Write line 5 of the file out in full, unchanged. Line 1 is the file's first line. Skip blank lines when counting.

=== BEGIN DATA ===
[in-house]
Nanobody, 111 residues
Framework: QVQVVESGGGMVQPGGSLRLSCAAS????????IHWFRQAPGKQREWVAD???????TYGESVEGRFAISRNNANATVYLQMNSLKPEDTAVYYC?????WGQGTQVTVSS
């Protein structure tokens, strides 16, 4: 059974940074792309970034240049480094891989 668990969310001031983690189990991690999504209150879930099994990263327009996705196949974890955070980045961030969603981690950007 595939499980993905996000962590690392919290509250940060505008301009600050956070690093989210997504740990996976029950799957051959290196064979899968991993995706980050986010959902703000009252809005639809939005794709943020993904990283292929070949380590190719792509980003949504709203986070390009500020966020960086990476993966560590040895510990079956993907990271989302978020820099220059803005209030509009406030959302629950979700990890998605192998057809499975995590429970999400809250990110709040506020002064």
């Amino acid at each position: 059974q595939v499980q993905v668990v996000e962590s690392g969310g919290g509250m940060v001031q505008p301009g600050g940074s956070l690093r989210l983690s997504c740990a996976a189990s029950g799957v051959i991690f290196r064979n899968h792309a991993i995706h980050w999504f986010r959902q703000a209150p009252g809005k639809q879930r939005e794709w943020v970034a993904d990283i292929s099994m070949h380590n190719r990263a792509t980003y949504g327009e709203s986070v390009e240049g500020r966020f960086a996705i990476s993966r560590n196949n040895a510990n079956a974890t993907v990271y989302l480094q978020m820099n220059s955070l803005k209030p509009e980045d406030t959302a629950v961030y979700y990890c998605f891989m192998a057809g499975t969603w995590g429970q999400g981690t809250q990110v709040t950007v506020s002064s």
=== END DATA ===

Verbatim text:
């Amino acid at each position: 059974q595939v499980q993905v668990v996000e962590s690392g969310g919290g509250m940060v001031q505008p301009g600050g940074s956070l690093r989210l983690s997504c740990a996976a189990s029950g799957v051959i991690f290196r064979n899968h792309a991993i995706h980050w999504f986010r959902q703000a209150p009252g809005k639809q879930r939005e794709w943020v970034a993904d990283i292929s099994m070949h380590n190719r990263a792509t980003y949504g327009e709203s986070v390009e240049g500020r966020f960086a996705i990476s993966r560590n196949n040895a510990n079956a974890t993907v990271y989302l480094q978020m820099n220059s955070l803005k209030p509009e980045d406030t959302a629950v961030y979700y990890c998605f891989m192998a057809g499975t969603w995590g429970q999400g981690t809250q990110v709040t950007v506020s002064s």